A judge's ruling last week has thrust St. Paul's months-old system of organized trash collection into question. Ramsey County District Judge Leonardo Castro ordered the ordinance suspended June 30 until voters can decide whether it should continue. A day later, St. Paul Mayor Melvin Carter said the city will appeal the ruling and promised the program will continue, even if the city has to pay haulers from budget reserves and raise taxes later to make up the difference.

The legal battle has created plenty of confusion among residents about what will happen with this basic city service. Here are answers to some common questions.

What's the dispute about?

In 2017, the City Council approved a five-year contract with a consortium of private haulers, standardizing rates, pickup days and neighborhood assignments for 73,000 households in single-family homes to fourplexes. It's a dramatic shift for a city that for generations left property owners in charge of getting rid of garbage. The new system rolled out Oct. 1, 2018, and, immediately, thousands of residents objected.

Some object because they're paying more, some because they can no longer share carts with neighbors, some because the plan doesn't offer enough price flexibility for producing scant waste. Last year, more than 6,400 people signed a petition demanding the ordinance be put to a public vote. The City Council refused, saying it would breach the contract with haulers.

So, what happens June 30?

If the city cannot invalidate Castro's ruling, it will lose the authority to force residents to pay for trash collection. The mayor said Friday the city will have to pay haulers directly. If the city prevails, residents will keep paying the bill.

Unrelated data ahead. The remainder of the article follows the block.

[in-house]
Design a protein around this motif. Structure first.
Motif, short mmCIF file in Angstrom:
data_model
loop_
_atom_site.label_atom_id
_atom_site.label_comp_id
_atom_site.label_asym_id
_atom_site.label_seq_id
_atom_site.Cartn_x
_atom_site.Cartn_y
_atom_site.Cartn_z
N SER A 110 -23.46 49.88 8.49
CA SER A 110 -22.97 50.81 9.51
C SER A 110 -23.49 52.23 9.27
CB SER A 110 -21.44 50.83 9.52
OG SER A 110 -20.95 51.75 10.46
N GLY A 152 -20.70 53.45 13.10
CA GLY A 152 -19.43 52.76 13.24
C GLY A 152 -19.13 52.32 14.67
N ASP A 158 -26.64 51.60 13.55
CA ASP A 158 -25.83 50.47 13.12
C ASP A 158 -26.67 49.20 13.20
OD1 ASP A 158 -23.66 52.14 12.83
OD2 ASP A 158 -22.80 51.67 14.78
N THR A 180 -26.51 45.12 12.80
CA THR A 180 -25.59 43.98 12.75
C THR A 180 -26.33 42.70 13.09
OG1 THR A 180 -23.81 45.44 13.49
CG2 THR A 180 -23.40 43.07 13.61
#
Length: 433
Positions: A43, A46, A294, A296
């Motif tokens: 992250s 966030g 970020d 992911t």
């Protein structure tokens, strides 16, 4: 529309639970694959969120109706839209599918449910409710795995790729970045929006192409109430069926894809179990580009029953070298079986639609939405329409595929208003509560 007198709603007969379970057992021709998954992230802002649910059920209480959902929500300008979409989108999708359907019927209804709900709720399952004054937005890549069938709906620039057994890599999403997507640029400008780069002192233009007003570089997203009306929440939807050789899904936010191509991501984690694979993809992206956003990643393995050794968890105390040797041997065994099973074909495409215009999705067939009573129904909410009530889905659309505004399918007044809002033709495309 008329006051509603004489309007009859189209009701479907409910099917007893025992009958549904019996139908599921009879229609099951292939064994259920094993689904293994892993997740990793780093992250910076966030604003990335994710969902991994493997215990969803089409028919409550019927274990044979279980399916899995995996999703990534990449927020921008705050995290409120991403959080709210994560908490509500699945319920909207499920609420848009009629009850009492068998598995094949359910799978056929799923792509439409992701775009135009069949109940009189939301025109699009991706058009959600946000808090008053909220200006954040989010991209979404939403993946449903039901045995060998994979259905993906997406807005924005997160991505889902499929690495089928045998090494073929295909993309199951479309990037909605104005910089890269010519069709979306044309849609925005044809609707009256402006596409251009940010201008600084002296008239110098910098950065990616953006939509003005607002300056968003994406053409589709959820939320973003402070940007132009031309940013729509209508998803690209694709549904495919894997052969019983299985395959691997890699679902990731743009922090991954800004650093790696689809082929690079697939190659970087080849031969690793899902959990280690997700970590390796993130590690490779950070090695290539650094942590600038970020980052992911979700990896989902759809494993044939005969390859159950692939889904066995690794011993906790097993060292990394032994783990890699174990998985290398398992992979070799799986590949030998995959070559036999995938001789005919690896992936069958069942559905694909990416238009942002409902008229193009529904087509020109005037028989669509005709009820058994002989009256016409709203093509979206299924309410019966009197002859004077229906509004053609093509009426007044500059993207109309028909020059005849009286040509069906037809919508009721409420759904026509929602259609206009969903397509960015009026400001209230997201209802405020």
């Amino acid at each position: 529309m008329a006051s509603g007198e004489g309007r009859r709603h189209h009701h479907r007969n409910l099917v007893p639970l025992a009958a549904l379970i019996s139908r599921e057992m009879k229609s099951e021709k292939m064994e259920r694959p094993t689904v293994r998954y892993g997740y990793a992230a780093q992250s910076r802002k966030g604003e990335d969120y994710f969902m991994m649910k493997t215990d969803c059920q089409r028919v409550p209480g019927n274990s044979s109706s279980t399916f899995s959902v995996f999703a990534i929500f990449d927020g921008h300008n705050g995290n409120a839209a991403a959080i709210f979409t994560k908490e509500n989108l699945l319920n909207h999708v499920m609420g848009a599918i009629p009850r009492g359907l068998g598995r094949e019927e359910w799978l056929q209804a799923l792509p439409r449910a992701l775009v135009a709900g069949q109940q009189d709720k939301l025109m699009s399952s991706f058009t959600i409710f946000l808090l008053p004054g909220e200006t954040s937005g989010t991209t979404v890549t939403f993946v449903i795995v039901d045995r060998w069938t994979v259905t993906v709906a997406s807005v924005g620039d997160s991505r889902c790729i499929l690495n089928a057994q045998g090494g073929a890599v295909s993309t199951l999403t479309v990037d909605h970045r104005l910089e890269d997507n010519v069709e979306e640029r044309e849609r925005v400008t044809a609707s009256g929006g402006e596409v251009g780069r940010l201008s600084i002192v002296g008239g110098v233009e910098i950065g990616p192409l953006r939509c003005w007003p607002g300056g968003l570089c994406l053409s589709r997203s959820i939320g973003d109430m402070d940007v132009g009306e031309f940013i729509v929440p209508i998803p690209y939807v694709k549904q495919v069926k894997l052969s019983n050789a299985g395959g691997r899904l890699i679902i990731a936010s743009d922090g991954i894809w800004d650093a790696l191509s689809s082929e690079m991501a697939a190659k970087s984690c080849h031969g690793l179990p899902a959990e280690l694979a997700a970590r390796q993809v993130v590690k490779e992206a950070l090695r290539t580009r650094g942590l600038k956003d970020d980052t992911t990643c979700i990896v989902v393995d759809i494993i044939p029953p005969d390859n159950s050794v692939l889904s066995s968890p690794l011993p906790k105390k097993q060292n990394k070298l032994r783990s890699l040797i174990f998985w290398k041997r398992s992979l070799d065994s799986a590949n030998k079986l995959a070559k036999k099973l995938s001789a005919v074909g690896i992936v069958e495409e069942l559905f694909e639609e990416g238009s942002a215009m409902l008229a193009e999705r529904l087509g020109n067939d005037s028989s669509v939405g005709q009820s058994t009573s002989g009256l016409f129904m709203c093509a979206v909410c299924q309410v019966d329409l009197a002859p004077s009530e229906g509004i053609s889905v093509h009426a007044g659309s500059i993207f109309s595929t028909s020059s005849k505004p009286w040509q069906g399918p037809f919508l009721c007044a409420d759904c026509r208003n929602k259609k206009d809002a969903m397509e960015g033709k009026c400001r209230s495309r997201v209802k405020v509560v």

Will my trash still be picked up?

Yes. City officials say organized trash collection will continue whether residents pay haulers or the city does.

Do I have to pay my bill?

If the city loses its appeal, it's unlikely. In that case, the city will pay the haulers at least through the end of the year — an estimated $13 million — and, possibly, for several more years if a referendum is held Nov. 5 and voters reject the ordinance.

Do I have to find my own hauler?

No. City officials say the contract keeps its system of assigned haulers and neighborhoods intact — even if the city loses its appeal and, later, if residents repeal the ordinance.

Are my property taxes going up to pay for this?

Maybe. If the city loses its appeal, the 2020 levy will likely go up to replenish reserves used to pay haulers in 2019. If voters later repeal the ordinance, the City Council will likely raise future taxes to cover the life of the contract.

Will there be a referendum?

Only if the city loses its appeal. Then St. Paulites will decide the future of organized trash collection.

James Walsh • 612-673-7428